Destroying Institutions: Warnings from History

The Catholic Church is just one of many institutions that are diminishing before our eyes and being tempted to entertain simplistic ways out of their dilemma.

Nearly 1 in 3 US adults identify their religion as “none,” according to a survey by The Associated Press-NORC Center for Public Affairs Research. Associated Press

It is very important in a time like ours, when so many institutions are failing us in so many ways, to criticize them in order to renew them.  New ways of doing education and law, jurisprudence and business, economics and agriculture, the media and religion are demanded in order that deeper values might come alive and flow through them.  That is why I wrote my book, The Reinvention of Work, thirty years ago.

Criticizing our institutions is necessary, but it is another thing altogether to deliberately destroy our institutions and pull the rug out from underneath them.  That is what fascists do, for it creates chaos that invites autocrats who believe “only I can fix it” into the vacuum that is created. 

Hitler is driven through an adoring crowd in Eger, in the modern Czech Republic, October 1938. From the German Federal Archives, Wikimedia Commons.

Historian Timothy Snyder warns us of that danger in his iconic book, On Tyranny: Twenty Lessons From the Twentieth Centurywhere he says we must Defend institutions….We tend to assume that institutions will automatically maintain themselves against even the most direct attacksbut that is not so.

He says, Today, our political order faces new threats, not unlike the totalitarianism of the twentieth century.  Americans today are no wiser than the Europeans who saw democracy yield to fascism, Nazism, or communism in the twentieth century.  Our one advantage is that we might learn from their experience.

What characterized fascism was that it rejected reason in the name of will, denying objective truth in favor of a glorious myth articulated by leaders who claimed to give voice to the people.  Is it myths that are capturing many American voters these days because it is easier to believe in a myth than to face truth and its demands on us?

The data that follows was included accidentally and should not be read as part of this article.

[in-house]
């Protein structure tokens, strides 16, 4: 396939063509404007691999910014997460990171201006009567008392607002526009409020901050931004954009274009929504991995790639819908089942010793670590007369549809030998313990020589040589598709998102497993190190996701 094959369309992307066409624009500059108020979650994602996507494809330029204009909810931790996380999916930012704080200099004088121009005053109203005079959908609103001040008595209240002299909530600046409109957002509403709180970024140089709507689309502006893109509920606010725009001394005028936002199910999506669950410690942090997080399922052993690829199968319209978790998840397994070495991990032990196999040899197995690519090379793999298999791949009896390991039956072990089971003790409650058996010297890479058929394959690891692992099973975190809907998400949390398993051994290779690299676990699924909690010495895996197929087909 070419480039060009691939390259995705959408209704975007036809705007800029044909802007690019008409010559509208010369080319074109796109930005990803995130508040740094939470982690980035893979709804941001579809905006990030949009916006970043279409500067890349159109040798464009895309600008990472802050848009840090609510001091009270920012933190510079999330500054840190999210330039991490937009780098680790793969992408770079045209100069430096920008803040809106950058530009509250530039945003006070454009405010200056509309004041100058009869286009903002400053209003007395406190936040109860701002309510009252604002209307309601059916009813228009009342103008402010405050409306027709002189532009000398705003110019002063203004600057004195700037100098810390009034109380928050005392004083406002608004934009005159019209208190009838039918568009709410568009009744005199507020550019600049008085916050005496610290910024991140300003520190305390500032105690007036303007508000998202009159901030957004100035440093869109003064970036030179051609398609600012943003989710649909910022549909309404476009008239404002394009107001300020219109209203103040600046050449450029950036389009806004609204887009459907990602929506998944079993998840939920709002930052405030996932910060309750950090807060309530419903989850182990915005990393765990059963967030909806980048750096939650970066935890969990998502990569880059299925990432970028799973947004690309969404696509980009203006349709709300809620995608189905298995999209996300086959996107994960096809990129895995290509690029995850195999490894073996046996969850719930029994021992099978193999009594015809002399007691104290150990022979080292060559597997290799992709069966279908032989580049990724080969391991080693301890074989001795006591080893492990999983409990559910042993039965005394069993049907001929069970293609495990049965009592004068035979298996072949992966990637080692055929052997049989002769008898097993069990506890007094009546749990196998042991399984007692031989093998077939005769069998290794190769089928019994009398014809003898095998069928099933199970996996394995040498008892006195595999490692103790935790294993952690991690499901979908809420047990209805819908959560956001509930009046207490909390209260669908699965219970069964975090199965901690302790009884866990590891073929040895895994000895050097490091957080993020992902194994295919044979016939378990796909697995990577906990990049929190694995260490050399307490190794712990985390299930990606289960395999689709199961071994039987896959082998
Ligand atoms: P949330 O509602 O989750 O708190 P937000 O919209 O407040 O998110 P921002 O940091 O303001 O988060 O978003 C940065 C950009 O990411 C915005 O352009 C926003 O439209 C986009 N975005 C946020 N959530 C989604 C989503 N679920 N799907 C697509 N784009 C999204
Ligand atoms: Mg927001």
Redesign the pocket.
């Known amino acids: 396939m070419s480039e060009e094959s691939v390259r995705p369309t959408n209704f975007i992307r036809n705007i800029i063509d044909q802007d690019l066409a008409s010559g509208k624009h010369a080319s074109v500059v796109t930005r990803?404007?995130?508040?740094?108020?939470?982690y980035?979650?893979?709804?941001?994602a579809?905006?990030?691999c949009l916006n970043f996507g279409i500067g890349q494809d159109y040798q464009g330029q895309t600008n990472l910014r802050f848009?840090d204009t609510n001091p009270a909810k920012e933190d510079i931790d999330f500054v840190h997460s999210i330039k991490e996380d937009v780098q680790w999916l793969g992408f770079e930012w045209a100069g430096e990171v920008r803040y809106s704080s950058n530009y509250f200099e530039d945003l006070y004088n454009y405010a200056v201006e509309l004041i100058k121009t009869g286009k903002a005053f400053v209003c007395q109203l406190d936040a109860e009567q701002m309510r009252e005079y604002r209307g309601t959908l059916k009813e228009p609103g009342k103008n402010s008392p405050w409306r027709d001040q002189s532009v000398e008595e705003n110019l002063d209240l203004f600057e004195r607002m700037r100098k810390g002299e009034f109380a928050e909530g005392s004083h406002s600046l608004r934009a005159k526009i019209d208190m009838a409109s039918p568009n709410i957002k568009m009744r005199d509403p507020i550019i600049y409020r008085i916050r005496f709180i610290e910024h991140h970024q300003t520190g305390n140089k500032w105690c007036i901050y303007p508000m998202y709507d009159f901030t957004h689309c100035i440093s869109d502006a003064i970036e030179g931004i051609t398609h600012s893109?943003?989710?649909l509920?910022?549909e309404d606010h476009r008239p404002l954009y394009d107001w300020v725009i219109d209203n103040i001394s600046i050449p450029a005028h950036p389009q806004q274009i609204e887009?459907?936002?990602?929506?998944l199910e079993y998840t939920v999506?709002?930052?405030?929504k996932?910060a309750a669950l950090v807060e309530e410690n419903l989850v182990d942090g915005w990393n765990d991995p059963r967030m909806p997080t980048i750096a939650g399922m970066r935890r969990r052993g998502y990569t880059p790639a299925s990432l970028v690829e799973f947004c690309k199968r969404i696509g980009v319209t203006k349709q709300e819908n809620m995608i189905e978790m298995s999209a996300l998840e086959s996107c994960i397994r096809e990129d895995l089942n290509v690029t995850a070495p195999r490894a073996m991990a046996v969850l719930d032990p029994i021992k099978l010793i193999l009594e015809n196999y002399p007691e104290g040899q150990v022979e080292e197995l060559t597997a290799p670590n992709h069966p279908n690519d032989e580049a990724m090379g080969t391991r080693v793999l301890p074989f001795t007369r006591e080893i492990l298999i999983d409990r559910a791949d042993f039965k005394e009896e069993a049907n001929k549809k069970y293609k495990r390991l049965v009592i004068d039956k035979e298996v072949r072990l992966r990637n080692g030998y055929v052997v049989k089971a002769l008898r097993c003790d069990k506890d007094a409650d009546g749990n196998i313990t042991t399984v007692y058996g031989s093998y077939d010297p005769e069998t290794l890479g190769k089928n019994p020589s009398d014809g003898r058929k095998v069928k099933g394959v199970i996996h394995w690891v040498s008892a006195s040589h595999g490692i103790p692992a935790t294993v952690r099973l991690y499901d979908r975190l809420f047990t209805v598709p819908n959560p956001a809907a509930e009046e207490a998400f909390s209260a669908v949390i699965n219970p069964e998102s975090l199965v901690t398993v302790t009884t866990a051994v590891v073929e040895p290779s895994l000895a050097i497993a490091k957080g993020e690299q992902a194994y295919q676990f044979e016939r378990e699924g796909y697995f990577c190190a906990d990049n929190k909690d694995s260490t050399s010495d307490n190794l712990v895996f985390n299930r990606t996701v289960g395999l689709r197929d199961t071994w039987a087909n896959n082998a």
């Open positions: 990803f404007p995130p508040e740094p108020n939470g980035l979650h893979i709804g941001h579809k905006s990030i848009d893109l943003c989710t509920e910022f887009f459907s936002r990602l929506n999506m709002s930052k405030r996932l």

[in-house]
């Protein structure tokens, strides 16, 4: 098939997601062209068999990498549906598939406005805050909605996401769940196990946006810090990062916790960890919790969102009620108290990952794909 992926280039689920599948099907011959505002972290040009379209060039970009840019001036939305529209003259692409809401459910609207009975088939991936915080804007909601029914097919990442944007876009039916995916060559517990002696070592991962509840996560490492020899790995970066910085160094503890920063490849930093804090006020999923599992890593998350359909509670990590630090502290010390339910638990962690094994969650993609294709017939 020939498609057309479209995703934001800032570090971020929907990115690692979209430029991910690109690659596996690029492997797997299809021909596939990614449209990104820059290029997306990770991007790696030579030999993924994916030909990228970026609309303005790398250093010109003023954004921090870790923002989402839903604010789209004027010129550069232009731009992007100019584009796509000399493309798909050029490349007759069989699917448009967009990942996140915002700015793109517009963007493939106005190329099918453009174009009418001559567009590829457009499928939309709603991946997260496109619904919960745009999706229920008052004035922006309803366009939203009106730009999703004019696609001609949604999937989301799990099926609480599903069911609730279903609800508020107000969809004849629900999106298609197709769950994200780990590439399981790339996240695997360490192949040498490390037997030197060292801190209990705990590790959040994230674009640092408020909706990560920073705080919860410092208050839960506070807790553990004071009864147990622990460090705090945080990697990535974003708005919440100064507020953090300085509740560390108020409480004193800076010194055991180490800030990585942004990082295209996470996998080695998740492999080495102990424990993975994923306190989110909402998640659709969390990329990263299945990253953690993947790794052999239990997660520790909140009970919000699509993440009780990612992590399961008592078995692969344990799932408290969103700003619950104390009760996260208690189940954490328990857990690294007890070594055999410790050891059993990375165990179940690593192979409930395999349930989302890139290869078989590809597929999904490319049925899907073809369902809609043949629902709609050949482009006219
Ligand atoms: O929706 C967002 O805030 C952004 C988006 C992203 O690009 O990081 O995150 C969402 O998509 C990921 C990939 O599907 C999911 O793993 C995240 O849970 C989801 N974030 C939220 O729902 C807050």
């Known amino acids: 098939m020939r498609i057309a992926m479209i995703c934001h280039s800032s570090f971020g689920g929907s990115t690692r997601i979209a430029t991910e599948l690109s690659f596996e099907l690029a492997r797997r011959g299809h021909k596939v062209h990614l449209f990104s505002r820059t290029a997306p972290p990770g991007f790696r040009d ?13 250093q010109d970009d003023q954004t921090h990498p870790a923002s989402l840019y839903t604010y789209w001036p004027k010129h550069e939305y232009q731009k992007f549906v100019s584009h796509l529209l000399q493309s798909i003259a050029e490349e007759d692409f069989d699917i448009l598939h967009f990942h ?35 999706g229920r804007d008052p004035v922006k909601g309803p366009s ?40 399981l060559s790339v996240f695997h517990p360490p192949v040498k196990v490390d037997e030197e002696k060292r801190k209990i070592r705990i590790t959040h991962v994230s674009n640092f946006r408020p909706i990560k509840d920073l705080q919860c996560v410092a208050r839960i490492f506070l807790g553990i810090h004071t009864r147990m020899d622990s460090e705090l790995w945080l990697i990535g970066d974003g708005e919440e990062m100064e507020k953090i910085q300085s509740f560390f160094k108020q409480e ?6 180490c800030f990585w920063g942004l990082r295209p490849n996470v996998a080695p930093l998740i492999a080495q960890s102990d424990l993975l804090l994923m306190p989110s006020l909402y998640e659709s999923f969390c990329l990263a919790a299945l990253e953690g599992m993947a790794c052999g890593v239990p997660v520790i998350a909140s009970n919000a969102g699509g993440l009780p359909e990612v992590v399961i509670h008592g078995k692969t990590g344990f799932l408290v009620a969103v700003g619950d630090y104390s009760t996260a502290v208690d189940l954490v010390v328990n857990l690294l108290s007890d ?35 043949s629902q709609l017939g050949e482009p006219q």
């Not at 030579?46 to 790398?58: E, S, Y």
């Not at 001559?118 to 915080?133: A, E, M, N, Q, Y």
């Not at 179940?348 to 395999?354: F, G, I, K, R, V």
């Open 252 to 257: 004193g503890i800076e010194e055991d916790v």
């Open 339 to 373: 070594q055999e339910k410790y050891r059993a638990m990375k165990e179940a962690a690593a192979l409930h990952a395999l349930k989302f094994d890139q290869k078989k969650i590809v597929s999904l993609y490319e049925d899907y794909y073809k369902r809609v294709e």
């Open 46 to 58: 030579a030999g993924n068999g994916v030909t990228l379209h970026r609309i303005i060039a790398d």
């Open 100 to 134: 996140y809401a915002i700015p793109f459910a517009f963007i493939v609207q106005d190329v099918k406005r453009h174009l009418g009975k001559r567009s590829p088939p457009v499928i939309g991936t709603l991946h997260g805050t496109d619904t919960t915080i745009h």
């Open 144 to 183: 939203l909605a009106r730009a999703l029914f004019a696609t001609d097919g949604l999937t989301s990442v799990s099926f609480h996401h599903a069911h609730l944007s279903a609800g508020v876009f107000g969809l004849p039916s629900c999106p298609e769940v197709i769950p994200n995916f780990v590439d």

Drawing from lessons learned in the 20th century, here are five ways to resist tyranny in the modern age. Adapted from Timothy Snyder’s On Tyranny. Signature Views

What can we do about preserving our institutions in times like ours?  Synder urges us to “help” our institutions because they “help us to preserve decency.” 

Do not speak of ‘our institutions’ unless you make them yours by acting on their behalf.  Institutions do not protect themselves.  They fall one after the other unless each is defended from the beginning.  He proposes that one “choose an institution you care about—a court, a newspaper, a law, a labor union—and take its side.”* 

*Timothy Snyder, On Tyranny: Twenty Lessons from the Twentieth Century, NY: Tim Duggan Books, 2017), pp. 22, 13 12, 22.

See Matthew Fox, The Reinvention of Work: A New Vision of Livelihood for Our Time.

And Fox, Creativity: Where the Divine and the Human Meet.

And Fox, Sins of the Spirit, Blessings of the Flesh: Transforming Evil in Soul and Society.

Banner Image: St. Peter’s Square, The Vatican, Rome, is dominated by the 25.5-meter obelisk at the center of a circus that was started by Caligula, completed by Nero, and used for chariot races and the public executions of Christians. The circus now lies beneath the square and basilica. Photo by Tim Rawle on Flickr

Queries for Contemplation

Do you find yourself “taking the side” of an institution you care about?  Do you agree that institutions “help us to preserve decency” and yet also need criticism and reinvention?

Recommended Reading

The Reinvention of Work: A New Vision of Livelihood For Our Time

Thomas Aquinas said, “To live well is to work well,” and in this bold call for the revitalization of daily work, Fox shares his vision of a world where our personal and professional lives are celebrated in harmony–a world where the self is not sacrificed for a job but is sanctified by authentic “soul work.”
“Fox approaches the level of poetry in describing the reciprocity that must be present between one’s inner and outer work…[A]n important road map to social change.” ~~ National Catholic Reporter

Creativity: Where the Divine and Human Meet

Because creativity is the key to both our genius and beauty as a species but also to our capacity for evil, we need to teach creativity and to teach ways of steering this God-like power in directions that promote love of life (biophilia) and not love of death (necrophilia). Pushing well beyond the bounds of conventional Christian doctrine, Fox’s focus on creativity attempts nothing less than to shape a new ethic.
“Matt Fox is a pilgrim who seeks a path into the church of tomorrow.  Countless numbers will be happy to follow his lead.” –Bishop John Shelby Spong, author, Rescuing the Bible from FundamentalismLiving in Sin